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Festkörperkolloquium Wintersemester 2014/15

Donnerstag, 16-18 Uhr, Raum 3701-268 (Appelstraße 2)


TerminRedner/inEinladenderThema
20.11.
15 Uhr
Antonio Tejeda
(CNRS, Orsay, Frankreich)
Christoph TegenkampAtomic and electronic structure of graphene sidewall nano ribbons: an ARPES, STM and TEM study
04.12.
16 Uhr
Wolfgang Häusler
(Universität Augsburg)
Rolf HaugFlat bands and long range Coulomb interactions: conducting or insulating?
11.12.
16 Uhr
Steven C. Erwin
(NRL, Washington, D.C.)
Herbert PfnürIntrinsic Magnetism at Silicon Surfaces
08.01.
16 Uhr
Mark Bieler
(PTB Braunschweig)
Jens HübnerAll-optically induced ultrafast photocurrents in semiconductors
22.01.
16 Uhr
Paulo Santos
(Paul Drude Institut, Berlin)
Jens HübnerTransport and manipulation of quantum wells excitons and spins

 

 

20.11.2014 - Atomic and electronic structure of graphene sidewall nano ribbons: ARPES, STM and TEM study

Antonio Tejeda

Laboratoire de Physique des Solides, CNRS, Orsay, France

 

Methods for producing semiconducting–metallic graphene networks suffer from scalability problems, stringent lithographic demands and process-induced disorder in the graphene. These problems can be overcome by taking advantage of graphene grown on patterned SiC steps [1], without relying on chemical functionalization or finite-size patterning.

This scalable bottom-up approach produces graphene in the form of a strip, at the edge of which, a semiconductor, is bonded to metallic graphene. This semiconductor ribbon is only a few nanometers wide and the semiconducting graphene strip width is defined to within a few graphene lattice constants, a level of precision beyond modern lithographic limits, and which is robust enough that there is little variation in the electronic band structure across thousands of ribbons. The energy gap is greater than 0.5 eV in an otherwise continuous metallic graphene sheet along the short direction of the ribbon [2] while it exhibits ballistic transport along the long direction of the ribbon [3]. One of our aims is to address the unknown origin of this gap, which can be driven for instance by an sp3 hybridization or by strain at the curved edge of the ribbon. Our current structural studies by STM and cross-sectional TEM allow us to shed light on the electronic properties, especially on the origin of the gap.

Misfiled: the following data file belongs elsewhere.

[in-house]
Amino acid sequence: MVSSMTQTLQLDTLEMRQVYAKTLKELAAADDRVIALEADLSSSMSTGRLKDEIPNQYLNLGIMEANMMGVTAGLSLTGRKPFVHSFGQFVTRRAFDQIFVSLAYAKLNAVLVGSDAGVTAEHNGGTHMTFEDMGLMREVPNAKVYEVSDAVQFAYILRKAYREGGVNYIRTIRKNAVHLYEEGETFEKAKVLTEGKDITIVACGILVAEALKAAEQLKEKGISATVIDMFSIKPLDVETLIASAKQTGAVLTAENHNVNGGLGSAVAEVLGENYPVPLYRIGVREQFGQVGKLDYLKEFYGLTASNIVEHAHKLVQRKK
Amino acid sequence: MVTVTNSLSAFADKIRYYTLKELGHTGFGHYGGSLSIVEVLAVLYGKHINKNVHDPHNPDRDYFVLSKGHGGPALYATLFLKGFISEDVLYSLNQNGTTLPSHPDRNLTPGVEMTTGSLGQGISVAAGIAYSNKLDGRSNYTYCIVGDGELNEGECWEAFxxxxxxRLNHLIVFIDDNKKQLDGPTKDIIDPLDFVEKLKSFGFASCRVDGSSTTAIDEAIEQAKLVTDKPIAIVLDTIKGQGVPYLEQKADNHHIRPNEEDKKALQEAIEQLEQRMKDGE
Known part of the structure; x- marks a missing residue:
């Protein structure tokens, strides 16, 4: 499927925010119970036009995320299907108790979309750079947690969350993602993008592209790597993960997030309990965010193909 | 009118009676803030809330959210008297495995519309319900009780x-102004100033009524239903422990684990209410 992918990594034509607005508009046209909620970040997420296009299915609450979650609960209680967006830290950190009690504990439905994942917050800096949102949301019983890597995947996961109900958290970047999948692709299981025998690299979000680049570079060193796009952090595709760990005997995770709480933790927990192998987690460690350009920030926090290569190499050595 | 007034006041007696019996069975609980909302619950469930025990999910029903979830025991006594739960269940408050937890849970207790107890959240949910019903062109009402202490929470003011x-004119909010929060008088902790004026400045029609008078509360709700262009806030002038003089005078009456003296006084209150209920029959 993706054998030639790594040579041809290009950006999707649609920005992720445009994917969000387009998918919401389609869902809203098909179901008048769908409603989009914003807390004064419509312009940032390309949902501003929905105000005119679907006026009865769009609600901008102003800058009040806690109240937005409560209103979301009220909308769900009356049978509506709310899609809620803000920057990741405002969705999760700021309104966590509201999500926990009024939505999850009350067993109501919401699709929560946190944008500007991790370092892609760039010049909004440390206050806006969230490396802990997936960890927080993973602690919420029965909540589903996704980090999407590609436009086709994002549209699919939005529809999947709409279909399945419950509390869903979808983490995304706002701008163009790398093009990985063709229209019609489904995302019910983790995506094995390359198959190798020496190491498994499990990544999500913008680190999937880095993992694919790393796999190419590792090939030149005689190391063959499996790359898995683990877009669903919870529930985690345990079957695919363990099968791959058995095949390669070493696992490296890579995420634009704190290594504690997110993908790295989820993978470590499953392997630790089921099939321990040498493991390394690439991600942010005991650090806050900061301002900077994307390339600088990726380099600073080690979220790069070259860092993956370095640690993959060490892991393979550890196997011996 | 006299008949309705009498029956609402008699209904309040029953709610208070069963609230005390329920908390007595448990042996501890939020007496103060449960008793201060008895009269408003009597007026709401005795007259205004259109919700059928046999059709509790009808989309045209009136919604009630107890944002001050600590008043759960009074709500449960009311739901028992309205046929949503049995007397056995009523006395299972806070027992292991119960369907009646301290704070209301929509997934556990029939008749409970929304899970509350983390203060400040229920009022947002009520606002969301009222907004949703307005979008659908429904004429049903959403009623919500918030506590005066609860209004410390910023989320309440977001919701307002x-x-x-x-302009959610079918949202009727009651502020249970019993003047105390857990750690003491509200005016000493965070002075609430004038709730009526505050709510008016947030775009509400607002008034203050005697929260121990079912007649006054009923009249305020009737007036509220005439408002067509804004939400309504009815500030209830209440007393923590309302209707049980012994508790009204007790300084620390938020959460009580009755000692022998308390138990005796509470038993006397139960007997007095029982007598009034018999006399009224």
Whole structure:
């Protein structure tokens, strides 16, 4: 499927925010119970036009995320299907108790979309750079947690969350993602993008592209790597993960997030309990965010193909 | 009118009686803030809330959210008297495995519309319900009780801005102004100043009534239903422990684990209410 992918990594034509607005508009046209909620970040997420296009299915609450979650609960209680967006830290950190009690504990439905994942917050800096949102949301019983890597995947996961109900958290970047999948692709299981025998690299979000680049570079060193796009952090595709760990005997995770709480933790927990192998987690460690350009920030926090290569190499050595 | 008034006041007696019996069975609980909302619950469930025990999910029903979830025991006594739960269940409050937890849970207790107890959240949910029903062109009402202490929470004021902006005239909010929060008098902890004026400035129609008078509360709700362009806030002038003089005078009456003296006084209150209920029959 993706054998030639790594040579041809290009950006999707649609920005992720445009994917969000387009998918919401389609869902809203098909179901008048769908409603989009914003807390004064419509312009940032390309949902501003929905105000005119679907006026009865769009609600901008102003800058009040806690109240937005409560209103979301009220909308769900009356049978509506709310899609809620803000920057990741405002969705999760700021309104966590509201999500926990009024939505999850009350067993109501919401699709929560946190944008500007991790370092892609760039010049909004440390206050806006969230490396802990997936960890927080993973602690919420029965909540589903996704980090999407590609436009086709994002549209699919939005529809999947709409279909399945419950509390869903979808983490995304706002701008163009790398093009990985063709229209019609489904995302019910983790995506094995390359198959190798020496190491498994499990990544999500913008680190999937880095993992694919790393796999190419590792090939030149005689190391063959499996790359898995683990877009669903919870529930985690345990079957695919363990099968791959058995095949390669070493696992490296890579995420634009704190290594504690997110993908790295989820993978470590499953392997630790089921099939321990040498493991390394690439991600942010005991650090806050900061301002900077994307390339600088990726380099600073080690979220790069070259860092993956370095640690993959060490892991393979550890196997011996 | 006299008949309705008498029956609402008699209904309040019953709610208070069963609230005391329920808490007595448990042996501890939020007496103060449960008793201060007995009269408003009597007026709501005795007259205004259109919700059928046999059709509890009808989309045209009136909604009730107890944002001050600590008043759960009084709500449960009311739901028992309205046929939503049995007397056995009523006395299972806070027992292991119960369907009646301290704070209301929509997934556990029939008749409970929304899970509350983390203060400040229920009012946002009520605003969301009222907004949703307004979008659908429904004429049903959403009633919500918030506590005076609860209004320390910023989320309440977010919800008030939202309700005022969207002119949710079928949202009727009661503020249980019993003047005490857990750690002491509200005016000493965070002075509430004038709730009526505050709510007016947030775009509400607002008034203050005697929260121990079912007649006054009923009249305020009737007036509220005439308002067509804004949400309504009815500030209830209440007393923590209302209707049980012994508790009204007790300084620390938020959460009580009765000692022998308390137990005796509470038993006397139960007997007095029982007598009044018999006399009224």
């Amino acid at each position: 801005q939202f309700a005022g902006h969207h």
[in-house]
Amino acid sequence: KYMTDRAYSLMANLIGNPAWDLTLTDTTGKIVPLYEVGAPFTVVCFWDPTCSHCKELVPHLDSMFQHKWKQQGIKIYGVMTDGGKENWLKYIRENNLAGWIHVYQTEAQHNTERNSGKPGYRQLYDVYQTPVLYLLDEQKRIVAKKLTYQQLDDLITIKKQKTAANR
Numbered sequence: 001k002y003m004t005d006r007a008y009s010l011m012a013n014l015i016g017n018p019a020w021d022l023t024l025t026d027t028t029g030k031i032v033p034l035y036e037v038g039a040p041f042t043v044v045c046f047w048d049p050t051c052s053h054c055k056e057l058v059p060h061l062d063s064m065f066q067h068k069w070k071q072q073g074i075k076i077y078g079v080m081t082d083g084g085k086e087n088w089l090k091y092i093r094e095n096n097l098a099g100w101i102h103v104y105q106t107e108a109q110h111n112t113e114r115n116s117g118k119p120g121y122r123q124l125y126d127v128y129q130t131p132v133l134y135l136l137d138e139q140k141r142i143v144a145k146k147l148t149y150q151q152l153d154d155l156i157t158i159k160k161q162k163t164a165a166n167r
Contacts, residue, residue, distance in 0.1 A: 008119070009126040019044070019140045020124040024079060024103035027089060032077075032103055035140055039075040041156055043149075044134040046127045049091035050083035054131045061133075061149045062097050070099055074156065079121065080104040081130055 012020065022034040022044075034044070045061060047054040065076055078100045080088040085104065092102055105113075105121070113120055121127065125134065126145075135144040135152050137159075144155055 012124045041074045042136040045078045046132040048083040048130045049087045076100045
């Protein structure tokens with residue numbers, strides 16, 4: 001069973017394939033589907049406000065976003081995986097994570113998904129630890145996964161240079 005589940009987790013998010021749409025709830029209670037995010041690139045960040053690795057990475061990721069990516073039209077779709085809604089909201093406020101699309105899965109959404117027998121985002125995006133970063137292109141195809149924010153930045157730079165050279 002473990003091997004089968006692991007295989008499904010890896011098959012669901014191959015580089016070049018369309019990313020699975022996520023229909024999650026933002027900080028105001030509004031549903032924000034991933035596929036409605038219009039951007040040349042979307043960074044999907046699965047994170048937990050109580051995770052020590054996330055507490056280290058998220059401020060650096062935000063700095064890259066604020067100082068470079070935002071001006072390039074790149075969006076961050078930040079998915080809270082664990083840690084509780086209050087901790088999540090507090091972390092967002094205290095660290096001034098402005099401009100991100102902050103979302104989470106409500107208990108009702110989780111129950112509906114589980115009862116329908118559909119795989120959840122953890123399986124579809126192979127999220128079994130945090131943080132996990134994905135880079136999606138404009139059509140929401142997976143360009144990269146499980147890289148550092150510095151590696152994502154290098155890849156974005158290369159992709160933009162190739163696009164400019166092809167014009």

[1] M. Sprinkle et al., Nature Nanotech 5, 727 (2010).
[2] J. Hicks et al., Nature Phys. 9, 49 (2012).
[3] J. Baringhaus et al., Nature 506, 349 (2014).

 

 

04.12.2014 - Flat bands and long range Coulomb interactions: conducting or insulating?

Structure of the T3-lattice: A and B sites are connected to only 3 nearest H sites, while conversely, H-sites are 6-fold coordinated. The structure implies equal numbers of lattice sites.

Wolfgang Häusler

Institut für Physik, Universität Augsburg

 

Albeit discovered already in 1986 by Bill Sutherland dispersionless ("flat") electronic bands enjoy increasing attention since recently. These bands support localization through destructive quantum interference by the local topology of a periodic lattice, free of disorder. The phenomenon has been denoted as "caging" of carriers and is accompanied with insulating behavior at partial band filling and zero temperature. One may ask whether long range Coulomb interactions would alter this situation to cause metallicity. As answer we find "it depends". In the absence of any kinetic energy, flat band carriers tend to Wigner crystallize. Here, this general observation is analyzed for the two-dimensional case, specifically for the Sutherland or T3-lattice where a conductivity is found, depending non-trivially on the carrier density at small flat band fillings.

11.12.2014 - Intrinsic Magnetism at Silicon Surfaces

Ground state structure and lowest energy spin configuration of two magnetic silicon surfaces.

Steven C. Erwin

Center for Computational Materials Science, Naval Research Laboratory, Washington, DC, USA